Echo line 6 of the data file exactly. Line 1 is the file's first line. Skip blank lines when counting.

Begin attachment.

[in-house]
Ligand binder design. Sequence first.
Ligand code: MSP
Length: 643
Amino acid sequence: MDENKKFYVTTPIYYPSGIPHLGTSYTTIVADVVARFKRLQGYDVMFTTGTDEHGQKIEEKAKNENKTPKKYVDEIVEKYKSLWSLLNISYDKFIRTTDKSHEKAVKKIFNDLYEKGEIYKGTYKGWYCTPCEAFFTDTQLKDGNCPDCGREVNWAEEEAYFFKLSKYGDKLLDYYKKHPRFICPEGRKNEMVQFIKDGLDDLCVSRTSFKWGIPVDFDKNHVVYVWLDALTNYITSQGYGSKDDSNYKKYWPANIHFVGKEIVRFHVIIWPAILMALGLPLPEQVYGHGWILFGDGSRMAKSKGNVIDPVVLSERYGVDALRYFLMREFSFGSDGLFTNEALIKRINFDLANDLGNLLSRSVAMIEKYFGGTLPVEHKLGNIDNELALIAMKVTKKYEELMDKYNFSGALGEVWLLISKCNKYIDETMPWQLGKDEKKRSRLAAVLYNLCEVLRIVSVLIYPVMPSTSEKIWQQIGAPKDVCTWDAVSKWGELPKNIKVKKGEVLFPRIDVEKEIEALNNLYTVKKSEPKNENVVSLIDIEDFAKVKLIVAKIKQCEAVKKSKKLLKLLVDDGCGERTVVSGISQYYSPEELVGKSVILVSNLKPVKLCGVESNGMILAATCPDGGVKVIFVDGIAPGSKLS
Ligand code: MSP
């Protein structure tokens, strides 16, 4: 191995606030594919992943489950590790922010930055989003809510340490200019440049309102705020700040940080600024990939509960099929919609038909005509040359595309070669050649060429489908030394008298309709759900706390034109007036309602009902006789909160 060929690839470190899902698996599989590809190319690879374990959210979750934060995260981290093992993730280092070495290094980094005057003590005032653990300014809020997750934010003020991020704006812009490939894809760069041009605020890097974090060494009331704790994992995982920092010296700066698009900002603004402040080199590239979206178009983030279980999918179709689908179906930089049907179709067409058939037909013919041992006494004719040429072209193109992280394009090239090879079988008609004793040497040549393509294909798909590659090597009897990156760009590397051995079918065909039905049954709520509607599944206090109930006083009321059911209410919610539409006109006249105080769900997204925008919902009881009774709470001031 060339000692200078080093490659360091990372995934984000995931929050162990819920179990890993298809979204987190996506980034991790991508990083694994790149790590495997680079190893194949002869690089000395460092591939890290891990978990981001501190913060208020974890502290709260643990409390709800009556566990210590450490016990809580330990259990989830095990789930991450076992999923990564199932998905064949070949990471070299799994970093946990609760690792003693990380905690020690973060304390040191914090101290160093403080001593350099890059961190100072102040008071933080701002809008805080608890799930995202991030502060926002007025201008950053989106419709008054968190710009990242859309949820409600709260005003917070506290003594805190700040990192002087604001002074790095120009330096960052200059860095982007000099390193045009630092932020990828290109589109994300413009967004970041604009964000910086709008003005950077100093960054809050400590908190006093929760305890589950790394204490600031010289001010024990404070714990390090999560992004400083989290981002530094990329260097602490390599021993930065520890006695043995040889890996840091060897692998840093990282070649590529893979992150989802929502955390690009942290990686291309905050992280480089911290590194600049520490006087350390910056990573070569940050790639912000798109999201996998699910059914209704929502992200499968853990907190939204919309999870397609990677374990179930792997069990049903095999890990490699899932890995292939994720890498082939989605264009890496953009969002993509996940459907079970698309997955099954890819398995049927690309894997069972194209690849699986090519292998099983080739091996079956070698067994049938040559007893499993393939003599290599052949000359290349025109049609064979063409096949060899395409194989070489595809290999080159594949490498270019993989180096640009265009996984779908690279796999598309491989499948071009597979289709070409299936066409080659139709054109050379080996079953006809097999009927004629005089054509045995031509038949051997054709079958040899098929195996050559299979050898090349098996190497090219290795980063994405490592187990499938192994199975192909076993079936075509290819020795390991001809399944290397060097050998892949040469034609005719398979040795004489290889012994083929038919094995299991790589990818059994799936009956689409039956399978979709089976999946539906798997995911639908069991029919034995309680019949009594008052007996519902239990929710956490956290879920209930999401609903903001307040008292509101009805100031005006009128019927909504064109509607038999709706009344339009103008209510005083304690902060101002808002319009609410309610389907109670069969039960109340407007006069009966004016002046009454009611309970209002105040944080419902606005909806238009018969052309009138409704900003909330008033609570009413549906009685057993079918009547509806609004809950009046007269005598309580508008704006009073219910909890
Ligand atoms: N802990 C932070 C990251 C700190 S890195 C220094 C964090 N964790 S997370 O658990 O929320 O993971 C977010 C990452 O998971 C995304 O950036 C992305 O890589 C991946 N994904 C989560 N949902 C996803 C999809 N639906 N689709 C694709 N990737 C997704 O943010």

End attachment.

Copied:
Ligand code: MSP